In conclusion, given the notable role some women have played and still play in the African continent, they should not only be given chance in a greater capacity to contribute to nation building, but they should be encouraged to do so. They should be empowered spiritually, educationally, economically and socially so that they could harness their latent abilities for the good of the nation. If the nation is to be built successfully, no section of nation is to be left behind, if new values are to be cultivated, if new national identity is to be fashioned out or existing ones built strongly, the contributions of the women folks should not be overlooked. Furthermore, for the nation to enjoy lasting and stable peace, women must have equal opportunity in decision making processes in the nation. If the nation is to succeed in its fight against poverty, human trafficking, violent conflicts, corruption and other social vices that confront it, the women folks must be enlisted. They must be discouraged from staying only within the confinement of their relegated “traditional positions”. They must be seen to contributing more in matters of nation building such as voting and being voted for, getting more education, being involved in economic, and other nation building activities.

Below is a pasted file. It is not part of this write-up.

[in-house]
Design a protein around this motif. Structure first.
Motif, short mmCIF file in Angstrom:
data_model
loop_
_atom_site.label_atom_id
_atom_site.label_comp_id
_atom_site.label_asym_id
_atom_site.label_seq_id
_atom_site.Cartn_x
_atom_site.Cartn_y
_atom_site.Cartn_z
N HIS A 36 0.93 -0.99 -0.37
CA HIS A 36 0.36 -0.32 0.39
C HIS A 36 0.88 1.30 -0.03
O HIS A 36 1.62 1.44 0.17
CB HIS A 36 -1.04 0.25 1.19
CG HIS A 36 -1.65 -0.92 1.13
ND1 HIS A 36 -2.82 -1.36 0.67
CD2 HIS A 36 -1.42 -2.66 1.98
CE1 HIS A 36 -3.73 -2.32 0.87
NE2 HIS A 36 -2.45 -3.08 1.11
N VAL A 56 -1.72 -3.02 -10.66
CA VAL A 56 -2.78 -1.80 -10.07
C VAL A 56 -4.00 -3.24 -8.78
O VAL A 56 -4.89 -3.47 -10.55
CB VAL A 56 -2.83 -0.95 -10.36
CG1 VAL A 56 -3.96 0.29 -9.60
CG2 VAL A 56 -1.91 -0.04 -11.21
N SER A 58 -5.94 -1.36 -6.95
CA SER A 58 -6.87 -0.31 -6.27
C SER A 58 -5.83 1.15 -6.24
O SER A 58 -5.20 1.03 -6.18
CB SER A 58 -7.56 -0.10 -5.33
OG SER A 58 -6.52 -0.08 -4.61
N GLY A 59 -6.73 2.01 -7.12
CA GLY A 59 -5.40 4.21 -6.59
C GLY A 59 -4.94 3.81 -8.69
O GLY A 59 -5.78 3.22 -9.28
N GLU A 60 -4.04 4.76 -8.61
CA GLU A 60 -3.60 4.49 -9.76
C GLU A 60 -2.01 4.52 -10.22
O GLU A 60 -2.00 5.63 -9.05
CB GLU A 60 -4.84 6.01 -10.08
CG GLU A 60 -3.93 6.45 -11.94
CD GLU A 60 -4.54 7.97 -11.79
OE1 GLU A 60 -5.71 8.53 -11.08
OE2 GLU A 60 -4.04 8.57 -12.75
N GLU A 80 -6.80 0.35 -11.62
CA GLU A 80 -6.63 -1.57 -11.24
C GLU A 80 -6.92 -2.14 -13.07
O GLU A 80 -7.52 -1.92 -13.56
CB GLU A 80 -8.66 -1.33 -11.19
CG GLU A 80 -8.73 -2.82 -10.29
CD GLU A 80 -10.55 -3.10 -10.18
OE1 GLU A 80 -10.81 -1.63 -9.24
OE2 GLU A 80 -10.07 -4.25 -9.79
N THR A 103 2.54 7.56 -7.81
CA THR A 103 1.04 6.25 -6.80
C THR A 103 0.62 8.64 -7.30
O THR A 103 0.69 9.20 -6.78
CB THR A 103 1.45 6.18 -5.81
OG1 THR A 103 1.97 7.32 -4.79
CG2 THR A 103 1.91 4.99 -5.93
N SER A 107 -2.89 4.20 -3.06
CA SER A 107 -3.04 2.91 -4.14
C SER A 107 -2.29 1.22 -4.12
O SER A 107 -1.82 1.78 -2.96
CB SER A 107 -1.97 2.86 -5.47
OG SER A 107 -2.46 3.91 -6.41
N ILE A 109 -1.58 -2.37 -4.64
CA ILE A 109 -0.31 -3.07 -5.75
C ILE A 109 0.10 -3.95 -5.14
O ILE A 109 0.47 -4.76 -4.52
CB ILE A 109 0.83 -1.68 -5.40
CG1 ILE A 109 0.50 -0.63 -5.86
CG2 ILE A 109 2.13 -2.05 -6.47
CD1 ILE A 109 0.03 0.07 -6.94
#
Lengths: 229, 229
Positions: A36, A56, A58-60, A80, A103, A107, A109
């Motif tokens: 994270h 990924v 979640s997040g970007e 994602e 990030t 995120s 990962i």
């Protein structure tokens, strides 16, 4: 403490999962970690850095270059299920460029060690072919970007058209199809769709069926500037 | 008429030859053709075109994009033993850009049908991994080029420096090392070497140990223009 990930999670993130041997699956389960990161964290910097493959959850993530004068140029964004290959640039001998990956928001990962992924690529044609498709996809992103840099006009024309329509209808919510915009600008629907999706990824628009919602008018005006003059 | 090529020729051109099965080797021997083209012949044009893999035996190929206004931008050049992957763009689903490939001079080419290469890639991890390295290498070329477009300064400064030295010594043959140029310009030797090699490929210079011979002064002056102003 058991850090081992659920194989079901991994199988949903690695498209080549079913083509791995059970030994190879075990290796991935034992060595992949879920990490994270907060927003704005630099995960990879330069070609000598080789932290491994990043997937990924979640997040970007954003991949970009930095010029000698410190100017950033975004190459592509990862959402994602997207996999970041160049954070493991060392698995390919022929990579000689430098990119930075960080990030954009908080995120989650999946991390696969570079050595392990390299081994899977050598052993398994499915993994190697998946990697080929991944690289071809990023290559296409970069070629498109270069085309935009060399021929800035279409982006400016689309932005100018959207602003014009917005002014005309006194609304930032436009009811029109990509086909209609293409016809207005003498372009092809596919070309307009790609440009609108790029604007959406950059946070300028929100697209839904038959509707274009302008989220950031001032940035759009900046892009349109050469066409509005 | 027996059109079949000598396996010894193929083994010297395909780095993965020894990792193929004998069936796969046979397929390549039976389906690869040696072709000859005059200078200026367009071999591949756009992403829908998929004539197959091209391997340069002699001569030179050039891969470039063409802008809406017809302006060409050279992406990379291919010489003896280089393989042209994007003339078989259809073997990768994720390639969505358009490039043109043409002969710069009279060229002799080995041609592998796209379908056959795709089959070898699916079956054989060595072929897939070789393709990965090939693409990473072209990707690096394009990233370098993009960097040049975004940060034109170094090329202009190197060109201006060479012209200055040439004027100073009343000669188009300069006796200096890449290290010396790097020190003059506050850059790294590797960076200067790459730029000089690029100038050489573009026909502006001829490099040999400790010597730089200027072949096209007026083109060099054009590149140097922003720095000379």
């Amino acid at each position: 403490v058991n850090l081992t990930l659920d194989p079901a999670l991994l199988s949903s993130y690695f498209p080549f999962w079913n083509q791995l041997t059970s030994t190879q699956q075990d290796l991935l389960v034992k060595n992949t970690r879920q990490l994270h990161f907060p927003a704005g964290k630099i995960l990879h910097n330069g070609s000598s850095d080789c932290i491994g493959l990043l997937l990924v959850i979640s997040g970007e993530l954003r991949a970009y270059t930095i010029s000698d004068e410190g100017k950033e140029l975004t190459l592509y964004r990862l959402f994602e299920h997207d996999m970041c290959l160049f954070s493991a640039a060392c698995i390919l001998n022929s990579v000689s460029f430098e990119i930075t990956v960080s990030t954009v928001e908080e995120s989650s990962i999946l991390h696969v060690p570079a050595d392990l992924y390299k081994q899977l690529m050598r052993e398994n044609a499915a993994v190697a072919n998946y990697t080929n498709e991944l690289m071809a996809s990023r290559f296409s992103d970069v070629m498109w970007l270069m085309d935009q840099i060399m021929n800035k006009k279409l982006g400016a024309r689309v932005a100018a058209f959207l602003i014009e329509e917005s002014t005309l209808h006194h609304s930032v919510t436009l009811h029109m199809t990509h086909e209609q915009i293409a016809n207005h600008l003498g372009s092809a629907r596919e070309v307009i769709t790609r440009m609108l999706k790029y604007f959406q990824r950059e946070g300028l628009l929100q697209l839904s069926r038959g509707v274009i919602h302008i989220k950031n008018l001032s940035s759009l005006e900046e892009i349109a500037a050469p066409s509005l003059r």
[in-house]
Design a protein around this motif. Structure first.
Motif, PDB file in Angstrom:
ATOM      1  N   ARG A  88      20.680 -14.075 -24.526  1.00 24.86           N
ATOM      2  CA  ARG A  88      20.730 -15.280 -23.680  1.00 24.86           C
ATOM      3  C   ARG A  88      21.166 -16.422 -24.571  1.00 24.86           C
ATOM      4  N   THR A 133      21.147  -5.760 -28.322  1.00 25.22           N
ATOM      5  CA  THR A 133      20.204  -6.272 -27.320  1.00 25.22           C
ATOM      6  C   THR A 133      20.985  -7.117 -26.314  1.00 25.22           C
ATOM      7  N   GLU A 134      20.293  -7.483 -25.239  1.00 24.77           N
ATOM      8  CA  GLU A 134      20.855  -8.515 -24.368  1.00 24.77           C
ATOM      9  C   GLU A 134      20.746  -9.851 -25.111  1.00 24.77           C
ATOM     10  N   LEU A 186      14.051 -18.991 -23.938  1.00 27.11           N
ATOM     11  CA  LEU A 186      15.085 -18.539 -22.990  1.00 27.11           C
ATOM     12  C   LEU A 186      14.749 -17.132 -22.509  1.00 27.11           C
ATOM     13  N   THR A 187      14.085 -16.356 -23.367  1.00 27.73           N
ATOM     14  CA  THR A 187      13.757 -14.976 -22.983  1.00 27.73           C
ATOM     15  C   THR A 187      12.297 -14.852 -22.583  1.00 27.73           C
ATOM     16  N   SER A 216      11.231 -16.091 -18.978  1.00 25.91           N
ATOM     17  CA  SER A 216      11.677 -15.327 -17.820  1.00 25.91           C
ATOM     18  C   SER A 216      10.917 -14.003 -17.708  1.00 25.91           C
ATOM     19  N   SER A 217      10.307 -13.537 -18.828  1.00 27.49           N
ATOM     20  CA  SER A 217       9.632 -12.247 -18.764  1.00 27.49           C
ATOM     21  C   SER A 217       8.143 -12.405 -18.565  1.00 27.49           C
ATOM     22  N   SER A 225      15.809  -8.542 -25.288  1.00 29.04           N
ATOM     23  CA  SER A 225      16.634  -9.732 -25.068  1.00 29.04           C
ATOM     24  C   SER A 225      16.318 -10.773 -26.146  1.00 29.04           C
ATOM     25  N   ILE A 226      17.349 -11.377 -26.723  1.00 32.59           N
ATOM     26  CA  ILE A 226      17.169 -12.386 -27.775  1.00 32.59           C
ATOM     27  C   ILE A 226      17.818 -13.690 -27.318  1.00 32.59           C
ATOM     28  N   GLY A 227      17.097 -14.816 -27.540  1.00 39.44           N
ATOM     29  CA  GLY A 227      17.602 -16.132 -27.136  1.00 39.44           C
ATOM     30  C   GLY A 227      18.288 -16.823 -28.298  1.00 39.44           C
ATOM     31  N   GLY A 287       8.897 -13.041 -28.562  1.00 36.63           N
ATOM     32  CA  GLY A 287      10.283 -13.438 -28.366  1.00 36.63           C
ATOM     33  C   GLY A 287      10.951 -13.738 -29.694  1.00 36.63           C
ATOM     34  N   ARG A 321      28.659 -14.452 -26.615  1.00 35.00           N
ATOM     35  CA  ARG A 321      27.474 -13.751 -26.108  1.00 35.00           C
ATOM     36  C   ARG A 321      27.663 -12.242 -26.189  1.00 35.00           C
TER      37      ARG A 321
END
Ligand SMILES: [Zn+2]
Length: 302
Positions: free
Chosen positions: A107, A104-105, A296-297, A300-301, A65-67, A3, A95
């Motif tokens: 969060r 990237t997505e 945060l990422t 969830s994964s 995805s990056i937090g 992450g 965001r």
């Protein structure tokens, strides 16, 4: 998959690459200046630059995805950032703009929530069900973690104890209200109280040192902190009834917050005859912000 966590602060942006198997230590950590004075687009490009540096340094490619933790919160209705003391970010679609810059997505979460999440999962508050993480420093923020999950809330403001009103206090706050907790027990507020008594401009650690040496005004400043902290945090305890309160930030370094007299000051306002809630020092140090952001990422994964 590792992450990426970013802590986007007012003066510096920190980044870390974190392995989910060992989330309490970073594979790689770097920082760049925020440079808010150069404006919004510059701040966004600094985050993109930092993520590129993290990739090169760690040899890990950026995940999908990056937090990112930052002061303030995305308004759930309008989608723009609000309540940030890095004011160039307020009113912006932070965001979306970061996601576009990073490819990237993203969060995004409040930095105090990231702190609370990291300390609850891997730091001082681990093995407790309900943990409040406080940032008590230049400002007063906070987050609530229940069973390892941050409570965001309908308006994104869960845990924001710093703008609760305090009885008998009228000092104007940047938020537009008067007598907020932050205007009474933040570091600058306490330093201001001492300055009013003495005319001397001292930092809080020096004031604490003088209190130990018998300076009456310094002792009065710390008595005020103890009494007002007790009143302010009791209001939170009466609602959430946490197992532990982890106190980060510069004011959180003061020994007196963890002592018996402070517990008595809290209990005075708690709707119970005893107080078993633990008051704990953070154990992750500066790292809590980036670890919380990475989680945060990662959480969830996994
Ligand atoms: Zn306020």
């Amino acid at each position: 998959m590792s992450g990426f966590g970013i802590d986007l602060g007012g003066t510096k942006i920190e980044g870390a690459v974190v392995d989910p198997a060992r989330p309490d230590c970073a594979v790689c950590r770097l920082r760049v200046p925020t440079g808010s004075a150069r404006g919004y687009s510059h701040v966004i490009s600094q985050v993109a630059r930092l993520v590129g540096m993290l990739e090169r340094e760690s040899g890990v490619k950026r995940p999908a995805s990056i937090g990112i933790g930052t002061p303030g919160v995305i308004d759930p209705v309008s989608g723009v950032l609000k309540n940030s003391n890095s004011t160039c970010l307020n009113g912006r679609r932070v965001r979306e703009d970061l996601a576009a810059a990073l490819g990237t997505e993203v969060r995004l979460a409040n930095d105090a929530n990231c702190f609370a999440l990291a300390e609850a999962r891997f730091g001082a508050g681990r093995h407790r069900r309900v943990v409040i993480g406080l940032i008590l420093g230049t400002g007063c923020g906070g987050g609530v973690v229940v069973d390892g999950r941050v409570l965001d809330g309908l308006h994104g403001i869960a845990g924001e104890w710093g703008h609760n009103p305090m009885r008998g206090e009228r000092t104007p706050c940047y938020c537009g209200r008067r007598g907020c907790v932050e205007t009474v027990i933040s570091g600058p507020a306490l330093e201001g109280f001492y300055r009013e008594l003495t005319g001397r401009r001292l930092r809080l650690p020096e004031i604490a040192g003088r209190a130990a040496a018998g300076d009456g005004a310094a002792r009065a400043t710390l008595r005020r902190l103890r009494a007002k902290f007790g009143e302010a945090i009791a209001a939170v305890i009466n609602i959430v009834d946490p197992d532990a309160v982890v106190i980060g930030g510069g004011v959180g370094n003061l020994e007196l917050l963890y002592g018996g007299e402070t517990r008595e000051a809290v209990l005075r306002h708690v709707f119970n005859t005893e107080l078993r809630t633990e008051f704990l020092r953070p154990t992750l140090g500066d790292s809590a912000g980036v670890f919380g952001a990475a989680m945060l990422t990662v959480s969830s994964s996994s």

Afigbo, A. E. The Warrant Chiefs: Indirect Rule in South-Eastern Nigeria, 1891-1929 (London: Longman, 1972).
Alistair Boddy-Evans, About.com Guide Biography: Ellen Johnson-Sirleaf, Liberia’s ‘Iron Lady’
Cheryl, J-Odim, Nina, E. M 1997 For Women and the Nation: Funmilayo Ransome-Kuti of Nigeria
Meenakshi Jha, (2001) Spiritual Empowerment and Women
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Wikipedia, (July 2012) Empowerment The free encyclopedia